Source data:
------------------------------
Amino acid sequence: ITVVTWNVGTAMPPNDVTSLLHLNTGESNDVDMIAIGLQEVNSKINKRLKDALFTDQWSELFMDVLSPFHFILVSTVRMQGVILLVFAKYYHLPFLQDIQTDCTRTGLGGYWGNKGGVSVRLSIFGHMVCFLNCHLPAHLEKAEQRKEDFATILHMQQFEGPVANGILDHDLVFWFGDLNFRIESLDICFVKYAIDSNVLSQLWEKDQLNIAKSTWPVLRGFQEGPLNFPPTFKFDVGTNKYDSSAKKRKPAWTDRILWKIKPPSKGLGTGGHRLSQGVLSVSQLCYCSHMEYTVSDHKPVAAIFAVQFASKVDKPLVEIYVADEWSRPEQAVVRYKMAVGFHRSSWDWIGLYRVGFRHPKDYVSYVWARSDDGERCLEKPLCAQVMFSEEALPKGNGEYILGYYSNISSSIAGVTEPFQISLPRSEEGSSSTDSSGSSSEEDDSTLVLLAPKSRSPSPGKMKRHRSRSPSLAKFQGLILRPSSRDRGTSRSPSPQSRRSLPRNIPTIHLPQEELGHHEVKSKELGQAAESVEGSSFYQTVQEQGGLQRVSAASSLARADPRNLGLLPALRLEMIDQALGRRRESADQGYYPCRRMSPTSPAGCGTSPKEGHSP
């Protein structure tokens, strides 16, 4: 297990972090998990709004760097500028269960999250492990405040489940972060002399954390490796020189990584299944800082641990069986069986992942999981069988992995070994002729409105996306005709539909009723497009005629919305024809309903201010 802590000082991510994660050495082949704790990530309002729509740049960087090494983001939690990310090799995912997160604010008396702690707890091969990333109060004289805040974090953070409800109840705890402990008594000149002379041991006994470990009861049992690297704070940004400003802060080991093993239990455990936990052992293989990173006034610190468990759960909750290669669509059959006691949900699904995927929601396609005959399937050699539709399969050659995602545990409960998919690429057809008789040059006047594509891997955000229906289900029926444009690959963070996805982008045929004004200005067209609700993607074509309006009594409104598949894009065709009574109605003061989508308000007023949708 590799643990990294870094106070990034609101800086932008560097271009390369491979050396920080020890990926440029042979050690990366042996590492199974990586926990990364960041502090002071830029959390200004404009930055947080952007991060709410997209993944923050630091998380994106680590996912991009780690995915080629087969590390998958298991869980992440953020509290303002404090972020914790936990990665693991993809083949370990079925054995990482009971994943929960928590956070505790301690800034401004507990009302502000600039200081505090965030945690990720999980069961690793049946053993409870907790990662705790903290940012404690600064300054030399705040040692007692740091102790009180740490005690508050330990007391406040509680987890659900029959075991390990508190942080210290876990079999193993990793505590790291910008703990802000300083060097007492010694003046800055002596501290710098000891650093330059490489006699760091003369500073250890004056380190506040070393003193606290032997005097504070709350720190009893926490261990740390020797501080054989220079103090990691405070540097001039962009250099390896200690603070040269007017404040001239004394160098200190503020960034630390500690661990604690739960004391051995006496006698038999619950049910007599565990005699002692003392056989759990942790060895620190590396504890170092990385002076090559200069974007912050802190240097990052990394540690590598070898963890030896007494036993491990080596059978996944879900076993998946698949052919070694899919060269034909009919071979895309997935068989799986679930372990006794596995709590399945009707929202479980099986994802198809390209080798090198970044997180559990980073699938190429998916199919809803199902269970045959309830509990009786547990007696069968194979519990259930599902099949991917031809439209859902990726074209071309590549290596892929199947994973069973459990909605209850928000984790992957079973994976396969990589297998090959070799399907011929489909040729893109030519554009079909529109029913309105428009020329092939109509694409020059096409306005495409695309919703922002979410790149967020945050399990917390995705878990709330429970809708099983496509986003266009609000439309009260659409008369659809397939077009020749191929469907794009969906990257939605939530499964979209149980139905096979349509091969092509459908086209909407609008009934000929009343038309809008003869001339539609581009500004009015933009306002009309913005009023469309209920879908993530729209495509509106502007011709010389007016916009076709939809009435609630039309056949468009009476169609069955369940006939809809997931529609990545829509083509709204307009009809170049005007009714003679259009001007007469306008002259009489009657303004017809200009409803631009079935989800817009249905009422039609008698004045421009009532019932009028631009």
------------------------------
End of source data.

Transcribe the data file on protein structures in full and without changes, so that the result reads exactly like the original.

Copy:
Amino acid sequence: ITVVTWNVGTAMPPNDVTSLLHLNTGESNDVDMIAIGLQEVNSKINKRLKDALFTDQWSELFMDVLSPFHFILVSTVRMQGVILLVFAKYYHLPFLQDIQTDCTRTGLGGYWGNKGGVSVRLSIFGHMVCFLNCHLPAHLEKAEQRKEDFATILHMQQFEGPVANGILDHDLVFWFGDLNFRIESLDICFVKYAIDSNVLSQLWEKDQLNIAKSTWPVLRGFQEGPLNFPPTFKFDVGTNKYDSSAKKRKPAWTDRILWKIKPPSKGLGTGGHRLSQGVLSVSQLCYCSHMEYTVSDHKPVAAIFAVQFASKVDKPLVEIYVADEWSRPEQAVVRYKMAVGFHRSSWDWIGLYRVGFRHPKDYVSYVWARSDDGERCLEKPLCAQVMFSEEALPKGNGEYILGYYSNISSSIAGVTEPFQISLPRSEEGSSSTDSSGSSSEEDDSTLVLLAPKSRSPSPGKMKRHRSRSPSLAKFQGLILRPSSRDRGTSRSPSPQSRRSLPRNIPTIHLPQEELGHHEVKSKELGQAAESVEGSSFYQTVQEQGGLQRVSAASSLARADPRNLGLLPALRLEMIDQALGRRRESADQGYYPCRRMSPTSPAGCGTSPKEGHSP
């Protein structure tokens, strides 16, 4: 297990972090998990709004760097500028269960999250492990405040489940972060002399954390490796020189990584299944800082641990069986069986992942999981069988992995070994002729409105996306005709539909009723497009005629919305024809309903201010 802590000082991510994660050495082949704790990530309002729509740049960087090494983001939690990310090799995912997160604010008396702690707890091969990333109060004289805040974090953070409800109840705890402990008594000149002379041991006994470990009861049992690297704070940004400003802060080991093993239990455990936990052992293989990173006034610190468990759960909750290669669509059959006691949900699904995927929601396609005959399937050699539709399969050659995602545990409960998919690429057809008789040059006047594509891997955000229906289900029926444009690959963070996805982008045929004004200005067209609700993607074509309006009594409104598949894009065709009574109605003061989508308000007023949708 590799643990990294870094106070990034609101800086932008560097271009390369491979050396920080020890990926440029042979050690990366042996590492199974990586926990990364960041502090002071830029959390200004404009930055947080952007991060709410997209993944923050630091998380994106680590996912991009780690995915080629087969590390998958298991869980992440953020509290303002404090972020914790936990990665693991993809083949370990079925054995990482009971994943929960928590956070505790301690800034401004507990009302502000600039200081505090965030945690990720999980069961690793049946053993409870907790990662705790903290940012404690600064300054030399705040040692007692740091102790009180740490005690508050330990007391406040509680987890659900029959075991390990508190942080210290876990079999193993990793505590790291910008703990802000300083060097007492010694003046800055002596501290710098000891650093330059490489006699760091003369500073250890004056380190506040070393003193606290032997005097504070709350720190009893926490261990740390020797501080054989220079103090990691405070540097001039962009250099390896200690603070040269007017404040001239004394160098200190503020960034630390500690661990604690739960004391051995006496006698038999619950049910007599565990005699002692003392056989759990942790060895620190590396504890170092990385002076090559200069974007912050802190240097990052990394540690590598070898963890030896007494036993491990080596059978996944879900076993998946698949052919070694899919060269034909009919071979895309997935068989799986679930372990006794596995709590399945009707929202479980099986994802198809390209080798090198970044997180559990980073699938190429998916199919809803199902269970045959309830509990009786547990007696069968194979519990259930599902099949991917031809439209859902990726074209071309590549290596892929199947994973069973459990909605209850928000984790992957079973994976396969990589297998090959070799399907011929489909040729893109030519554009079909529109029913309105428009020329092939109509694409020059096409306005495409695309919703922002979410790149967020945050399990917390995705878990709330429970809708099983496509986003266009609000439309009260659409008369659809397939077009020749191929469907794009969906990257939605939530499964979209149980139905096979349509091969092509459908086209909407609008009934000929009343038309809008003869001339539609581009500004009015933009306002009309913005009023469309209920879908993530729209495509509106502007011709010389007016916009076709939809009435609630039309056949468009009476169609069955369940006939809809997931529609990545829509083509709204307009009809170049005007009714003679259009001007007469306008002259009489009657303004017809200009409803631009079935989800817009249905009422039609008698004045421009009532019932009028631009």